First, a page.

Building strong relationships between colleagues and fostering trust among them makes everything run much more smoothly. When colleagues trust each other, they plan more effectively, work more efficiently and grow stronger as a group. But when trust is missing or damaged, it can affect everything from overall morale to employee engagement and, yes, team performance. As a team leader, you can help build trust by teaching people to trust each other and become more autonomous together.
Building trust is not a one-time, simple activity. Whether you want to establish trust in a newly formed team, rebuild broken trust or reinforce existing trust, it is part of the ongoing maintenance of your team’s health. We share 5 strategies that can help build trust in your team. Let’s go for it!
1. Promote honesty and open communication
Employees want to feel heard, respected, and valued by their peers. When employees feel like they can share their honest opinions and feedback, it leads to better ideas and stronger outputs. But if the culture on your team doesn’t allow for open dialogue, it can turn toxic. People can be passive-aggressive, confrontational, gossipy, or condescending to one another.
Establishing healthy workplace communication practices and psychological safety is essential because all of this can be detrimental to the team’s trust.
2. Create opportunities for creative collaboration
For people to grow trust, they have to learn to problem-solve together and to rely on each other to get the work done. A great opportunity for teams to build these skills is tackling tasks outside of their day-to-day. Facing new challenges and having to get creative helps teams be more resourceful and see things from new perspectives. And this will help build the open-minded, curiosity culture that will take them to the next level.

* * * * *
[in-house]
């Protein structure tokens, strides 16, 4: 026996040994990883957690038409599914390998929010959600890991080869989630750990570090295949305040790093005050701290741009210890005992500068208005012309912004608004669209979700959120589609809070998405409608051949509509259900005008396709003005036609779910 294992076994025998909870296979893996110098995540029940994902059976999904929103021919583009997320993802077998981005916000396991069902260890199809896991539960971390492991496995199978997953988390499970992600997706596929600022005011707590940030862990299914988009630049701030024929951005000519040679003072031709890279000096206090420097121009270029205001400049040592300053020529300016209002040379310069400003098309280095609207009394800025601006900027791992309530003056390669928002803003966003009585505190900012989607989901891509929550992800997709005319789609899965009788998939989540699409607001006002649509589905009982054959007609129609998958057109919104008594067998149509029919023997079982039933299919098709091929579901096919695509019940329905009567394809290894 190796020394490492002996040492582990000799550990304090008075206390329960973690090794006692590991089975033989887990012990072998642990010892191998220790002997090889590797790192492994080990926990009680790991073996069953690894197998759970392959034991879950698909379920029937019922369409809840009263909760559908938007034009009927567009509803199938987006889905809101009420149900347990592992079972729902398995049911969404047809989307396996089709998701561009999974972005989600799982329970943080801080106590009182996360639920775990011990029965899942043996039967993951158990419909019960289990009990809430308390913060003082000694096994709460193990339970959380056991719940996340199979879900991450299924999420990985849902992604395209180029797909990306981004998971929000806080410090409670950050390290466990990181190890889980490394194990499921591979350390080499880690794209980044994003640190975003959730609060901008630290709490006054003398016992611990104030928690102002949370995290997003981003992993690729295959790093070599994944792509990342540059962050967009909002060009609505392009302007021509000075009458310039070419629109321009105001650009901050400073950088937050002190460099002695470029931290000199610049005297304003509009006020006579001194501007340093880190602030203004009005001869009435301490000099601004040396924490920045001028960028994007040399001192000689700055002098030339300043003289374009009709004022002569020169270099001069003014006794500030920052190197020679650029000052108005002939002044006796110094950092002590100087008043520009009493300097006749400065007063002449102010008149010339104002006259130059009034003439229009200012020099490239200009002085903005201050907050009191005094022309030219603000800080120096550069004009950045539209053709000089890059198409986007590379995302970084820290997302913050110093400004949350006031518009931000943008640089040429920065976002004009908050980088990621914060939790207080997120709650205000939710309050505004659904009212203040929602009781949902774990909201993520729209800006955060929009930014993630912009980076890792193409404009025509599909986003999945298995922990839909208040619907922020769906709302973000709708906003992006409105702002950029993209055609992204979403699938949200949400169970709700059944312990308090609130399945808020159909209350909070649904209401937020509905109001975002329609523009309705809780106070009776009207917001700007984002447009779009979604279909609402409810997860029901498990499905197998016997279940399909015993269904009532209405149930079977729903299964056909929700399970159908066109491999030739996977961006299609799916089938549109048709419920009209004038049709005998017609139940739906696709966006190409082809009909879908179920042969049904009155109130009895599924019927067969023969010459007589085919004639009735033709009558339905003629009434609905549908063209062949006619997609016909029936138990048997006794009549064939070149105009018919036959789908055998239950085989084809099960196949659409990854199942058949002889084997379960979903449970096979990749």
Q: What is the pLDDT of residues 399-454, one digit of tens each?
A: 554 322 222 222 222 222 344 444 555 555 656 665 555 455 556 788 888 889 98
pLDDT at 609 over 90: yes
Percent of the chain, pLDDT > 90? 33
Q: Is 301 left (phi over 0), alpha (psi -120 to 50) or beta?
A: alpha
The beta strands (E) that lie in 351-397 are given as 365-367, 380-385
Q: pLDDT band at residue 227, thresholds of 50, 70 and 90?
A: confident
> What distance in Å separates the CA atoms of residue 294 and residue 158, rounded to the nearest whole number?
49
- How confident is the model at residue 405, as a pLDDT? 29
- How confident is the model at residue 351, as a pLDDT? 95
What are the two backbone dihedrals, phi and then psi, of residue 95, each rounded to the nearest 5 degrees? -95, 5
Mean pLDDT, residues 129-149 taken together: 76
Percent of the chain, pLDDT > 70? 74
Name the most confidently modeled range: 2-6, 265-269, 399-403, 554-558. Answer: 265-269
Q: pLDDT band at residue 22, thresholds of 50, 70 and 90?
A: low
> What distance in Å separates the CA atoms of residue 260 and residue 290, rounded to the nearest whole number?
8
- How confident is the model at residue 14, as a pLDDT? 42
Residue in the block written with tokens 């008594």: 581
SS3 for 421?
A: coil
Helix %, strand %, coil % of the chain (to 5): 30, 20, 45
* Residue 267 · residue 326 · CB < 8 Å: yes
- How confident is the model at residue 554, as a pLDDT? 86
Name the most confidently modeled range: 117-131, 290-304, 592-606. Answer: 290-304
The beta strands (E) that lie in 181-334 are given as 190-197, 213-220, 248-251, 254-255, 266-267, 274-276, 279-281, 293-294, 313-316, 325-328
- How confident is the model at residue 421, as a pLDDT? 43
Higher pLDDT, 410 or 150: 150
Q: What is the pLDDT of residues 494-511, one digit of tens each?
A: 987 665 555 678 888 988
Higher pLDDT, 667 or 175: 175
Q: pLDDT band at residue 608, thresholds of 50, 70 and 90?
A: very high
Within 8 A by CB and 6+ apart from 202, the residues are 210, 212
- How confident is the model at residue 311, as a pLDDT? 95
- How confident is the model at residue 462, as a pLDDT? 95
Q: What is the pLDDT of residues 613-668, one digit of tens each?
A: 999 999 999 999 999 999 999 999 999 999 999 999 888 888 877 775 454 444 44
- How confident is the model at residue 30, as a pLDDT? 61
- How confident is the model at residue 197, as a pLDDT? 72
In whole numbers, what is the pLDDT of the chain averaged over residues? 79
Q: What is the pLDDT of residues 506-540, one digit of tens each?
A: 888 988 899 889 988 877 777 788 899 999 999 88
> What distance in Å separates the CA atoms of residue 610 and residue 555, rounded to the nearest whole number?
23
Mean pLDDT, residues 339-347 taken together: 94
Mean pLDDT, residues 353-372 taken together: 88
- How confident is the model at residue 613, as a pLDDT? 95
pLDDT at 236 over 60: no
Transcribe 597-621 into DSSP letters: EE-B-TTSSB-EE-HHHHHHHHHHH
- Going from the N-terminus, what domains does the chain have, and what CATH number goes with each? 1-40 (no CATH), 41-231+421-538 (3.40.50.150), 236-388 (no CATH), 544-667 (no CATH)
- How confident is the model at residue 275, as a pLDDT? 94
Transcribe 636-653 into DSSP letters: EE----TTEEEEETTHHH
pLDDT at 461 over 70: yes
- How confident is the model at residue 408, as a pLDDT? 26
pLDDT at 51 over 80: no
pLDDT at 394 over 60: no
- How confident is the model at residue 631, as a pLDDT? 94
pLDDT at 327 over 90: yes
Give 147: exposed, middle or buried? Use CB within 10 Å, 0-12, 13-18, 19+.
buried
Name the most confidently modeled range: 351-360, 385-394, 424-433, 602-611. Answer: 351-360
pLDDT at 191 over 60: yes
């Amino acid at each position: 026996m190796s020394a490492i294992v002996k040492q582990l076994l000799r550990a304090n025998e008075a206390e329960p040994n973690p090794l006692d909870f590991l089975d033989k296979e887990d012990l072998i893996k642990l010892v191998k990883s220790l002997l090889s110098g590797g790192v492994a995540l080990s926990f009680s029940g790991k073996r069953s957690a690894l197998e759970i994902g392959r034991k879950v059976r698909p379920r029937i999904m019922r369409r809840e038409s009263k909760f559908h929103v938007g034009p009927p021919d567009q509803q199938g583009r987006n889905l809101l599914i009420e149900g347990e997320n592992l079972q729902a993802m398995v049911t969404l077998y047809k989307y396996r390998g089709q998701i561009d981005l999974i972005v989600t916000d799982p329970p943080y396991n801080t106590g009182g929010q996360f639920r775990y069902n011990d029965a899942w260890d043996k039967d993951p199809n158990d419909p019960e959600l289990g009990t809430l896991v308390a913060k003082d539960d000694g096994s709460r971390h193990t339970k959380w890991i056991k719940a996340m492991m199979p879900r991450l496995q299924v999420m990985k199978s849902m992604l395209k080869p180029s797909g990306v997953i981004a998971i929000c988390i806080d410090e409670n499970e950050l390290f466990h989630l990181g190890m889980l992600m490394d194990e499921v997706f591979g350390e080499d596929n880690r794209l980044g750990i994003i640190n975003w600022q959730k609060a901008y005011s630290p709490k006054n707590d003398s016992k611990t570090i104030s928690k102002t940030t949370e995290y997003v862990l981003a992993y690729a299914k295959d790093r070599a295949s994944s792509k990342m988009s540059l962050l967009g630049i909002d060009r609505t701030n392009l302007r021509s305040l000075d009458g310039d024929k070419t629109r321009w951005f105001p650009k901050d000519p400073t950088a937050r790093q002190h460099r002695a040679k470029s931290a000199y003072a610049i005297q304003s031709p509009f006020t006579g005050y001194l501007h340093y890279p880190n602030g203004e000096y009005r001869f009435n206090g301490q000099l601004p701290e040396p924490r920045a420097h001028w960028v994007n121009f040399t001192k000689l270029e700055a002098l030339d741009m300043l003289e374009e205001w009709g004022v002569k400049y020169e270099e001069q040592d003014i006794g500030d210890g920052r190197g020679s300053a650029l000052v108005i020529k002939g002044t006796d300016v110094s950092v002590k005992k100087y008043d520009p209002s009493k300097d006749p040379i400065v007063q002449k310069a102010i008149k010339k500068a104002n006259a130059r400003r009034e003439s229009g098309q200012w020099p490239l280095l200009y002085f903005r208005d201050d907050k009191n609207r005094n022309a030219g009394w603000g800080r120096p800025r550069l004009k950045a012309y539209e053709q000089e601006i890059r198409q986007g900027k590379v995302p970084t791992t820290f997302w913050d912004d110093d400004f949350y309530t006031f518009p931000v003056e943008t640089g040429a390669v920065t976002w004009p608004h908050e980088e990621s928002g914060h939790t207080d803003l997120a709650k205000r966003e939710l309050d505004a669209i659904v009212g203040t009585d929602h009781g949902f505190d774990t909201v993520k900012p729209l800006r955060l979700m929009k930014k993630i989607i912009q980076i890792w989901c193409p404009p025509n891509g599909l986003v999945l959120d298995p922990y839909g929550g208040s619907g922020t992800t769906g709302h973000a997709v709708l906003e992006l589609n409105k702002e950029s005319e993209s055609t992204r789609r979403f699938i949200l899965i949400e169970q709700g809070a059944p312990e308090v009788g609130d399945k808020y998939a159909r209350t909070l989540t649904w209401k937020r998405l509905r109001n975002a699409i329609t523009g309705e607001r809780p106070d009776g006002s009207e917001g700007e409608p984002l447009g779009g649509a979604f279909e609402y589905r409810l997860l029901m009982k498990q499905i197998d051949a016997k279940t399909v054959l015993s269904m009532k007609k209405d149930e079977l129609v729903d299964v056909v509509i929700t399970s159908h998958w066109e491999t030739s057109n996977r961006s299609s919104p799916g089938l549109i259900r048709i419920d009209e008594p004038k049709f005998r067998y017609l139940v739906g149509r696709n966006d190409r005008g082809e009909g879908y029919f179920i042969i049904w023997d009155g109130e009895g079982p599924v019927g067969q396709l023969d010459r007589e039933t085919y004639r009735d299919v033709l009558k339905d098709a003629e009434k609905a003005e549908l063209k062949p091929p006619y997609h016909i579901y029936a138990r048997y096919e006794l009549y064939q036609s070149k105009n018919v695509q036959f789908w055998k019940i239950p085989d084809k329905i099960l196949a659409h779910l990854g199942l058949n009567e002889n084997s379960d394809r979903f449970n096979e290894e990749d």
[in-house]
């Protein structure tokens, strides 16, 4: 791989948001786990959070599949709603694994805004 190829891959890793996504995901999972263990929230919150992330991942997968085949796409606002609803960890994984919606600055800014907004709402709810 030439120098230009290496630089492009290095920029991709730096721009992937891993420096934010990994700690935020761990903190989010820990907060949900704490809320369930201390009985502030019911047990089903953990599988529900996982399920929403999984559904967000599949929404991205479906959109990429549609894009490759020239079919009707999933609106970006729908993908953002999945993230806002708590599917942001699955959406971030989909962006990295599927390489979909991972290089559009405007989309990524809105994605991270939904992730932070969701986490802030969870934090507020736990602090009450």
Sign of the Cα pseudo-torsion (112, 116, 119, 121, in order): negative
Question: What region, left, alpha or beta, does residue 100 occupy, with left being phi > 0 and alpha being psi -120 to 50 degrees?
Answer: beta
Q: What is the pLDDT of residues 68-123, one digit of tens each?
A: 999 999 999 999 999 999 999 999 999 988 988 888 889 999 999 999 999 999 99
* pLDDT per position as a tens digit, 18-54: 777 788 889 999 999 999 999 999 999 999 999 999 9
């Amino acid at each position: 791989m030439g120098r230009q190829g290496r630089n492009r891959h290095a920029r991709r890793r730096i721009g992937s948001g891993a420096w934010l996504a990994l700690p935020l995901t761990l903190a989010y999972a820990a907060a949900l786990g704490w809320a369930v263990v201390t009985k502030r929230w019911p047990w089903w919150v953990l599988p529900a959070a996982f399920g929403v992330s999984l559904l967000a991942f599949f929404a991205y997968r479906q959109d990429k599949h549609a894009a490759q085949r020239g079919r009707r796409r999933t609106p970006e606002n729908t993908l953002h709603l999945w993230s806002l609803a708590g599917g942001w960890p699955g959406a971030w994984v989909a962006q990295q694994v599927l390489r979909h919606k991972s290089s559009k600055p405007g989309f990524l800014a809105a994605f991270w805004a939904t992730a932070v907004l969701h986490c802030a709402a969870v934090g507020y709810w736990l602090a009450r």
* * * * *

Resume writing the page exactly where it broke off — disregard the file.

You might also be interested in reading: 7 key management skills to lead successful IT teams
3. Let your team self-organize
People start trusting each other more when they learn to make decisions together. That’s why teams need to take on some leadership for themselves. Good managers tend to give employees a structure to work within, and great managers know how to create a structure that still allows for employee autonomy.
It can be tough to find the balance, but the more self-directed your team is, the more they’ll learn to trust each other. Not only that, but teams need to take it and can also drive job satisfaction because employees want more of a say in their work.
4. Be clear about roles and responsibilities
One of the best ways to get people to trust each other is to clarify what every team member is responsible for. This means each employee knows what their job entails, but it also means they clearly understand their colleagues’ roles and responsibilities. When people know exactly what’s within and outside of their job description — and each others’ — they’re more equipped to take and give ownership of tasks.
5. Provide constant feedback
The more comfortable people feel about giving and receiving feedback from their peers, the more they can grow individually and as a team. When people begin to see that growth in action, individual employee engagement and overall confidence in the team will increase.
Want to know more about Clarika? We offer an autonomous team that will be ready for you and can deliver accelerated results risk-free and at a great value. Contact us!